Wonderful memories of an equine ambassador

‘Timer’ at the LeBlanc’s farm in Ontario, where he died peacefully last month aged 29. Photo: Patricia McQueen

Secretariat will always be connected to Woodbine. Of course he ended his spectacular racing career at the Toronto track, a shining beacon in the gloom on a cold and stormy day in October 1973. But it didn’t end there. Key milestones in his stud career also link him to Canada’s premier racing facility.

His first winner as a sire came at Woodbine on September 11, 1977, as daughter Feuille d’Erable won in her second career start. Son Medaille d’Or was Secretariat’s first champion thanks to his 1978 win in the track’s Coronation Futurity.

Patricia McQueen’s orginal article about the son of Secretariat was first posted on March 12.
You can read it here

Woodbine was also home to Secretariat’s very last starter – at age ten, Time Alert became that special horse with a good second-place effort there on May 1, 1999. The gelding then became a celebrity in retirement under the watchful eyes of John and Maggie LeBlanc, often making return visits to Woodbine to help raise money for LongRun Thoroughbred Retirement Society. It was a noble purpose for a noble Thoroughbred.

That purpose came to a sudden and unexpected end the night of April 14. Despite his 29 years, Time Alert looked to be in great health, remaining feisty and eager to get to his feed every day even as he struggled with missing teeth. It was no different that night; he ate most of his dinner and all seemed well. But the next morning, there was no nicker to greet John as he went into the barn. By all appearances the gelding had simply died peacefully in his sleep – there were no signs of a struggle in his stall.

Just two days earlier, John had smiled when Timer (as he was affectionately known) galloped around and came up to the gate when called in for a meal.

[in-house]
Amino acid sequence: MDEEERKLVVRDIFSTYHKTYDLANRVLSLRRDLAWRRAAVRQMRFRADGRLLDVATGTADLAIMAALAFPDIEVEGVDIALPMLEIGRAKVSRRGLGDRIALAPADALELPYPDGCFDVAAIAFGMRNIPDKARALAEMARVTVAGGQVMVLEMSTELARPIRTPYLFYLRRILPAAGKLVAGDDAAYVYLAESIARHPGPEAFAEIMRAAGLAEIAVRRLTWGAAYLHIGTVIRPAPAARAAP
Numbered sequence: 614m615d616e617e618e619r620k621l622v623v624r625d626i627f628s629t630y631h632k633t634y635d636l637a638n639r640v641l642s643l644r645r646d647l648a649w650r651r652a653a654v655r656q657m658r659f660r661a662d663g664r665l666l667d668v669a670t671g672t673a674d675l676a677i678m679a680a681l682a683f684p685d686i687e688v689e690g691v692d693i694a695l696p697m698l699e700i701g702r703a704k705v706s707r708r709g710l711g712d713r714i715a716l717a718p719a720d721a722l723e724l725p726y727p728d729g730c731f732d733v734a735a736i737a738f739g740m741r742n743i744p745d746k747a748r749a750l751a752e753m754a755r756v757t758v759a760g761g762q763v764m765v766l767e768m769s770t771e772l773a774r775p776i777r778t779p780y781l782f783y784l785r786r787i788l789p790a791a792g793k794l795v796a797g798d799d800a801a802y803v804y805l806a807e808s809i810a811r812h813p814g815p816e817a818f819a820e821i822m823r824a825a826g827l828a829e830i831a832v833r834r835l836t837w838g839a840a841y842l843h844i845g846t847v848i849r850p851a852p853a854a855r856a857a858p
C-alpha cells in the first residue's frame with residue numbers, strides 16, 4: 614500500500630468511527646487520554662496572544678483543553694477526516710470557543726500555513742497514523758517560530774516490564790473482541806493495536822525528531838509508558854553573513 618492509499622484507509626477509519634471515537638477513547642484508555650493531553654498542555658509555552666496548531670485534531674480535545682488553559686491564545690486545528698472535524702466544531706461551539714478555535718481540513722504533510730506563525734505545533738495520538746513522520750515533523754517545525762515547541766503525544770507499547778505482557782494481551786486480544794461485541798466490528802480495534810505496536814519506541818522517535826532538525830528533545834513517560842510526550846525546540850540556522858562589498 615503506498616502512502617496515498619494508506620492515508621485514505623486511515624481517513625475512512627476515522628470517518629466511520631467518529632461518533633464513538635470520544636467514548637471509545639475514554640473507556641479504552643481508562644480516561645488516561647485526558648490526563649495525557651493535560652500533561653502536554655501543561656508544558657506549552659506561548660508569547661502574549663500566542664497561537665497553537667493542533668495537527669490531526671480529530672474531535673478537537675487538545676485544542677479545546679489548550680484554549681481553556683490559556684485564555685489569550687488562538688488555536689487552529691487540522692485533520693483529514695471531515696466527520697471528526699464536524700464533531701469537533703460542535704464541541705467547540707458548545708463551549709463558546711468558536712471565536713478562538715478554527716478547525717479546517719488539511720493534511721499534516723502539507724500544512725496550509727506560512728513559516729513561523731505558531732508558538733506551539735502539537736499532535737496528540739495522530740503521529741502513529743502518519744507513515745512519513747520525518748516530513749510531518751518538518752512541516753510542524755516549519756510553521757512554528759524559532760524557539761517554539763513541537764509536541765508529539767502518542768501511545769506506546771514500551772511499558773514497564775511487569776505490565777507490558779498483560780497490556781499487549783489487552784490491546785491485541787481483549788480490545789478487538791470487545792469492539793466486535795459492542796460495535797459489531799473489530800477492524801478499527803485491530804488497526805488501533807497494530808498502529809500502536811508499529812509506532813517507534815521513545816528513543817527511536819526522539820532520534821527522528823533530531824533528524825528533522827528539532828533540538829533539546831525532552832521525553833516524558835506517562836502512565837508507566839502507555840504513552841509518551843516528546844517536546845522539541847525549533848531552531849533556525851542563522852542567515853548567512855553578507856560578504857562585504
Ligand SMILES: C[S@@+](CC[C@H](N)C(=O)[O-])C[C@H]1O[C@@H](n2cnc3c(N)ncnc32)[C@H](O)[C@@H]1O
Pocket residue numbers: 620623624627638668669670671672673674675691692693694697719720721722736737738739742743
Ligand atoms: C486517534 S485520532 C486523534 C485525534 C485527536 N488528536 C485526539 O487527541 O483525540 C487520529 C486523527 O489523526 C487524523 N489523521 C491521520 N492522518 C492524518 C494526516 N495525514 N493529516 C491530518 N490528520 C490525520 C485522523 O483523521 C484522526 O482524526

“I said to him, ‘well aren’t you full of energy today.’ Then he almost ran me over to get in the barn to get to his feed tub. We’re so thankful that he lived well right up to the end, sound, in good health and enjoying time out with his longtime friends. We couldn’t ask for a better ending for him.”

Fittingly, the LeBlancs’ son, Douglas, spent some of that last day with the gelding, cleaning his stall and letting him enjoy some time outside before the weather got too bad as an April ice storm hit the area.

Douglas was born in 2000, so he has known Timer his whole life. When he was a young boy, a photo of him with the horse became a signature image for LongRun as that organization became established.

“The LeBlanc family has been long time supporters of Thoroughbred retirement and, in fact, Maggie was a founder and original board member of LongRun,” said LongRun’s chair and co-founder, Vicki Pappas.

“John LeBlanc was kind enough to bring Time Alert in and accustom him to track life again before he acted as our equine ambassador at Woodbine as a part of several LongRun ‘Day at The Races’ events. As a son of the immortal Secretariat, Time Alert always attracted a huge and loving crowd of race fans. He was an important part of our being able to spread the word about the merits of our program and Thoroughbred retirement.”

Everyone in the family was thrilled to have a son of Secretariat on the farm, but he was so much more than that to the LeBlancs. “He was almost like a person in the sense that he had such a funny personality,” said Douglas. “If I was having a bad day and I went out to the barn, I knew he would always make me laugh and feel better.”

The laughs turned to tears as Timer was buried beside his paddock next to his long time friend, Diligent Prince.

“I’ll miss him dearly,” said Douglas, echoing his parents’ sentiments as they come to terms with the loss of a cherished family member. “I know he’ll be with me always through all the memories I have of him.” And for the now young man, it is quite literally a lifetime of memories.

Previous articles in Patricia McQueen’s series on Secretariat’s offspring


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